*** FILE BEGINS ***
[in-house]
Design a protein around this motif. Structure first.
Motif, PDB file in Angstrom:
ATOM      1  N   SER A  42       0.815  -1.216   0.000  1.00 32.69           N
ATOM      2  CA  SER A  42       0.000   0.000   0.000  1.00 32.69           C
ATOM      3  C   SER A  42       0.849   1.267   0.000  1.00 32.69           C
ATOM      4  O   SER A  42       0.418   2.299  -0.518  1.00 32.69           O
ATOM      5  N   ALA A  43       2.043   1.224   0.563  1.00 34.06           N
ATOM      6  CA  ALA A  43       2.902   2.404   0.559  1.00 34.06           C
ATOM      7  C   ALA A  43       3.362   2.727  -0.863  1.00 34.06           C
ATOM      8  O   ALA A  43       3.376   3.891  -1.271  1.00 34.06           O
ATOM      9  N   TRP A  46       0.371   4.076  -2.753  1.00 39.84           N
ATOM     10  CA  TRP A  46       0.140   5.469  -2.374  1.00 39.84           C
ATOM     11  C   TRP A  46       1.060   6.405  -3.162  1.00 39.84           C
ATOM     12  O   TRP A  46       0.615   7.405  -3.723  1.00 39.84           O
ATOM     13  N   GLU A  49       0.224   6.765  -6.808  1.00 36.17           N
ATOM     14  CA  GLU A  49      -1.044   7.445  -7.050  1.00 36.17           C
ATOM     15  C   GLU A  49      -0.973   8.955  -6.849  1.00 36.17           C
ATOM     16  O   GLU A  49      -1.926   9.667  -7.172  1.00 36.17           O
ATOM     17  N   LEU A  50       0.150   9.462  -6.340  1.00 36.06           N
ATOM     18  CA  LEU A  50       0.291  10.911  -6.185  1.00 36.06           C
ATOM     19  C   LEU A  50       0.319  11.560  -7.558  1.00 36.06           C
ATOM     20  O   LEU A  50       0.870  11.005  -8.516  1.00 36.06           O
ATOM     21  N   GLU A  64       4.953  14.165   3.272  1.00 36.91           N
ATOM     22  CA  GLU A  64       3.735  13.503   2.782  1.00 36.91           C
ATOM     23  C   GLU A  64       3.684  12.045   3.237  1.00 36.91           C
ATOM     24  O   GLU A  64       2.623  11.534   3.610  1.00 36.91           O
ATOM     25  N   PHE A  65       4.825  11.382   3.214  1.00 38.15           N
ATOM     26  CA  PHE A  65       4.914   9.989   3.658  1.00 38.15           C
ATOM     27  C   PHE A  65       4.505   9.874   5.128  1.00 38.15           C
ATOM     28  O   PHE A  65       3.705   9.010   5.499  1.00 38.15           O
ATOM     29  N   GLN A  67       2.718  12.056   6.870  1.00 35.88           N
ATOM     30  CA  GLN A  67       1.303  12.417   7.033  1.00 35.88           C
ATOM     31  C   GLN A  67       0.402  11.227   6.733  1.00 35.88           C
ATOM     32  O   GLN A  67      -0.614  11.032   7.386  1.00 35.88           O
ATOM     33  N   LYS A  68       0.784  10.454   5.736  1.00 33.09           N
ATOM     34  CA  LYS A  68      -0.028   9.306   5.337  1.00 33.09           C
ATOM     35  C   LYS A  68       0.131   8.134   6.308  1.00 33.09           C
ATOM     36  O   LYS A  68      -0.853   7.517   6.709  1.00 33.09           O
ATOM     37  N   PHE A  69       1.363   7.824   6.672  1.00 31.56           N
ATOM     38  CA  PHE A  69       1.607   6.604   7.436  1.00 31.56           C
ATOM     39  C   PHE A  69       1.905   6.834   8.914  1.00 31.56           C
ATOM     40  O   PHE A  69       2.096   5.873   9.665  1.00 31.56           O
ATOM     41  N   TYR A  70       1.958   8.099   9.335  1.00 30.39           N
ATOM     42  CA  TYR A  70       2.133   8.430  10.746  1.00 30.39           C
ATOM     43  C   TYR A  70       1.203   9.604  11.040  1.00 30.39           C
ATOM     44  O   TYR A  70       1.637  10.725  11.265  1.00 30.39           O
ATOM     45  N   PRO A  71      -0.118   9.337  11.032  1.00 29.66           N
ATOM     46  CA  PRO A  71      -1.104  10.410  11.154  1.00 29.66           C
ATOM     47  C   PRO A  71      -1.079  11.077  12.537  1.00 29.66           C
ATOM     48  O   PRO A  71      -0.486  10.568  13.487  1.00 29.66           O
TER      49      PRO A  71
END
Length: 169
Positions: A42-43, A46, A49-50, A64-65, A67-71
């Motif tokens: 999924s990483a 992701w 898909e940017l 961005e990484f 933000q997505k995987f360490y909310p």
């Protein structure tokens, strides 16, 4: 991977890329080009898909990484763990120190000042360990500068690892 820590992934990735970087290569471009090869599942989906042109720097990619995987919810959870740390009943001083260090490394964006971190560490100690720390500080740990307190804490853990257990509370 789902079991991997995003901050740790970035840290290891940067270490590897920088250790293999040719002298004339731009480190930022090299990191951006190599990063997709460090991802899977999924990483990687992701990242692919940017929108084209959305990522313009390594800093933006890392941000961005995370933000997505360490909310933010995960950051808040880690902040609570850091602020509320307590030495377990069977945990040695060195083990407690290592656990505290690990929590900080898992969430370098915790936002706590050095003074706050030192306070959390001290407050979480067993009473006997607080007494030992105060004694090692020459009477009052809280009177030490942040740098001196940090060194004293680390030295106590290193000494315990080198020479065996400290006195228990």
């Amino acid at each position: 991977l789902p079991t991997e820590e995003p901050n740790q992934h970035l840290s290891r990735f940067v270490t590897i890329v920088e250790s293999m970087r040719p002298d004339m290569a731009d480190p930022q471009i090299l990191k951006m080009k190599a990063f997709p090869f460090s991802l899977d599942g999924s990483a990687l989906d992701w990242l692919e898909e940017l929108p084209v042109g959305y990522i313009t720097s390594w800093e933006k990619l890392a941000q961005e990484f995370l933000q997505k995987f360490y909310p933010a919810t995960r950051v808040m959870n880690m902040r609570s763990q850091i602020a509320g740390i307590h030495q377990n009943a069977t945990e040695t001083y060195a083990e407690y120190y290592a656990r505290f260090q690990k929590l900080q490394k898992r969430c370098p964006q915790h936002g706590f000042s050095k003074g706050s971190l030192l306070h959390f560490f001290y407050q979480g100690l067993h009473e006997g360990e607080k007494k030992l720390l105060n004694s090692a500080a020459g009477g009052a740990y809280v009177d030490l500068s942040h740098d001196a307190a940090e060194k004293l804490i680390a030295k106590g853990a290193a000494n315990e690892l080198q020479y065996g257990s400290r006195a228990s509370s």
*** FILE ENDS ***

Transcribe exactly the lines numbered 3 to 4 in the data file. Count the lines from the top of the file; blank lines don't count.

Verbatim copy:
Motif, PDB file in Angstrom:
ATOM      1  N   SER A  42       0.815  -1.216   0.000  1.00 32.69           N